Tags: Community & Outreach
Atique Shah, center, is not only the chief organizer of the event, he turned out to be the top vote-getter for his 2014 Lamborghini Aventador. Helping him are models from the Titan Agency in Buckhead, from left, Shaheen, Chandler, Jessa and Oana.
HATCHER HURD/Staff. (click for larger version)
Chuck Dyarmett loves his 1965 Volvo Sport 544, but then he also loves the other six cars at home that he has restored or is working on. HATCHER HURD/Staff. (click for larger version)
Caffeine and Octane originated in Marietta, and this group of car enthusiasts still meets every Tuesday. They call themselves the ROMEOs (Retired Men Eating Out HATCHER HURD/Staff. (click for larger version)
December 04, 2013ALPHARETTA, Ga. Car aficionados who regularly attend the Caffeine and Octane car show the first Sunday of each month on Windward Parkway took a different turn when some enthusiasts turned it into a benefit for relief for the Philippines.
It was called Unleash the Rainbow with cars of all colors lined up like a rainbow, and the public voted for the best car with their dollar bills.
Atique Shah, a Mariettan who regularly brings his Lamborghini Aventador to the car show, contacted some of his buddies about turning the December Caffeine and Octane (see the Aug. 12 article at Northfulton.com or go to http://tinyurl.com/q9okz8b) to do something for hurricane victims in the Philippines.
"We're just car people who want to do something to let people know we care about them and want to do something for them. So we decided to mix the two," Shah said.
The result was 25 car owners put up an entry fee/donation and then let the visitors at the car show deposit their vote for $1. Most of the participants were Lambo owners like Shah, but there was a Bentley, a Ford GT and a Rolls to add a little more spice.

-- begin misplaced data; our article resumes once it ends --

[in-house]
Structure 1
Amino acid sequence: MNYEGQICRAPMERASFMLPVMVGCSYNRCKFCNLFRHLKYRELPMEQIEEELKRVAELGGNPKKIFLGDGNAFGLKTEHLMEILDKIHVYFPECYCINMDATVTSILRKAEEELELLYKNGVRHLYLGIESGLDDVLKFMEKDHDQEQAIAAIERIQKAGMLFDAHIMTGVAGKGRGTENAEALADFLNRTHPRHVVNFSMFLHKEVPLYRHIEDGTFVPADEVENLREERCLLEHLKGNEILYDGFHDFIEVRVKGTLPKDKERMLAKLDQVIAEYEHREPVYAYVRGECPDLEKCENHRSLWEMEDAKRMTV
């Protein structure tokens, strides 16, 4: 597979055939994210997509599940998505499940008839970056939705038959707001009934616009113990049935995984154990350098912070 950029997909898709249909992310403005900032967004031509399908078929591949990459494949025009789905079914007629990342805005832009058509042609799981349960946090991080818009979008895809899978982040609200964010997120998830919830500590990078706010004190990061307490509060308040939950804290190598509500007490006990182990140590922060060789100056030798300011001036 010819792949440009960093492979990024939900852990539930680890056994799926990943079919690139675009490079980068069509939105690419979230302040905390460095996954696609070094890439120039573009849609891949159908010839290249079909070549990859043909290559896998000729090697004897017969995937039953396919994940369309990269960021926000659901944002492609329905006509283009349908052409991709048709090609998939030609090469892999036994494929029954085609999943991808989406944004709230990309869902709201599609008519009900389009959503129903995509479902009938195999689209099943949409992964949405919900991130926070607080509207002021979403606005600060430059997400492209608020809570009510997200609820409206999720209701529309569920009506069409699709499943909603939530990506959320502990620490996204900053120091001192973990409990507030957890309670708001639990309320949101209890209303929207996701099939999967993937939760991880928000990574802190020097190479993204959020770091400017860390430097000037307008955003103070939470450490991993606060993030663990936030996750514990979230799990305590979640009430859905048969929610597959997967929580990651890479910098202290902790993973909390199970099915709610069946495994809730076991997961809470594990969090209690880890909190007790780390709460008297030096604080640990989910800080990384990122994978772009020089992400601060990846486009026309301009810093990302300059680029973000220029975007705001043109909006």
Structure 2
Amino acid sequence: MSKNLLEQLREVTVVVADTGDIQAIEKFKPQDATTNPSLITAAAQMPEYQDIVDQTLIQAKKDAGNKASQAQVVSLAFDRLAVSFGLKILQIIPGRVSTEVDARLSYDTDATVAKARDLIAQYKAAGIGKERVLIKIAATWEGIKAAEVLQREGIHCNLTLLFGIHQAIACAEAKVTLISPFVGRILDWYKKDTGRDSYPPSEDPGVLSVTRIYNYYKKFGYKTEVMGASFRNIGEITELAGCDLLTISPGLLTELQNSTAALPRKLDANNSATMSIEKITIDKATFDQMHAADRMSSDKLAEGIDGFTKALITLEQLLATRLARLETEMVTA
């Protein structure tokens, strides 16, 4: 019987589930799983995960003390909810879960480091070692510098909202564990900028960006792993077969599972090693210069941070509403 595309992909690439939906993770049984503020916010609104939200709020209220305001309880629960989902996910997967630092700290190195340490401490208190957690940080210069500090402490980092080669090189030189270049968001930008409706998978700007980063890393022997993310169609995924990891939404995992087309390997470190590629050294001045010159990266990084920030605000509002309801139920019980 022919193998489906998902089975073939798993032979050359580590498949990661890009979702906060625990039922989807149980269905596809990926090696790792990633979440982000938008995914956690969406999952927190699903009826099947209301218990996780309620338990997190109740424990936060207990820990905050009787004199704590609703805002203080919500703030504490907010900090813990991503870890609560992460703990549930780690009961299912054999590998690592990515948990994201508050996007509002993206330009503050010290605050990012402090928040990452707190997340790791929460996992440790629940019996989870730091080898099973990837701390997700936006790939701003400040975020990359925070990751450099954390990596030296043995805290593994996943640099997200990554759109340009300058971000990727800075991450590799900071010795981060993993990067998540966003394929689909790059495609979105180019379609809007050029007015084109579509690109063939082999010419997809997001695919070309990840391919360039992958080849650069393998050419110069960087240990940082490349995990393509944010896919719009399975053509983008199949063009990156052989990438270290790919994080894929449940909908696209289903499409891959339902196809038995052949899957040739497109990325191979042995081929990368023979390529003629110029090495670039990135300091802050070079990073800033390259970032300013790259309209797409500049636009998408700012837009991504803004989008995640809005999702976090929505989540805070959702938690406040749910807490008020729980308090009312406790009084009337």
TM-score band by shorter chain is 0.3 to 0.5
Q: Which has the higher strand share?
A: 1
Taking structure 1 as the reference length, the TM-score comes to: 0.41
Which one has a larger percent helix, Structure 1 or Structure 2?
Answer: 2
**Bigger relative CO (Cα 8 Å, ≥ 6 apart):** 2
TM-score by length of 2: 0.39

There was also a raffle for an iPad that was donated.
"When a typhoon happens like that, it is devastating. I thought this is how we can do something. So I notified all of my car friends and asked them to get involved," Shah said.
All of the cars were lined up by color to imitate the colors of the rainbow and maybe some that are not. That was called Skittles Street, and voters for an extra dollar got a bag of Skittles.
Facing them were black or white cars in alternating order. This was Oreo Way. Voters on that side for an extra dollar got a pack of Oreos.
"So we would see which street wins also," Shah said.
With a DJ and models from the Titan Agency in Buckhead, there was a steady stream of onlookers and some voters who oohed and aahed appropriately.
Caffeine and Octane brings all kinds of cars, from those that trade in six figures to some that are simply priceless to their owners.
Chuck Dyarmett has been coming for about three years. He has a spotless 1965 Volvo Sport 455 an SUV ahead of its time.
"I always liked it, and saw one for sale on Craig's List and bought it in Alpharetta," said Dyarmett, who is from Gainesville.
That is typical of the breed. Car collectors often seek a car they liked or wanted in their youth. For Dyarmett, it is a little more than that.
"I've got seven cars now," he said. "I like to work on them. Then I'll sell one and get another."
There is no admission fee to Caffeine and Octane. Sponsored by the AJC's AutoTrader.com, the car buffs bring their cars on the first Sundays around 7 a.m. By 10 a.m., they're all gone. The public is welcome to come and chat. These guys (they're almost universally men) love to talk cars.
Parking is as you find it just south of the Home Depot on Windward Parkway.
Executive Editor, Appen Media.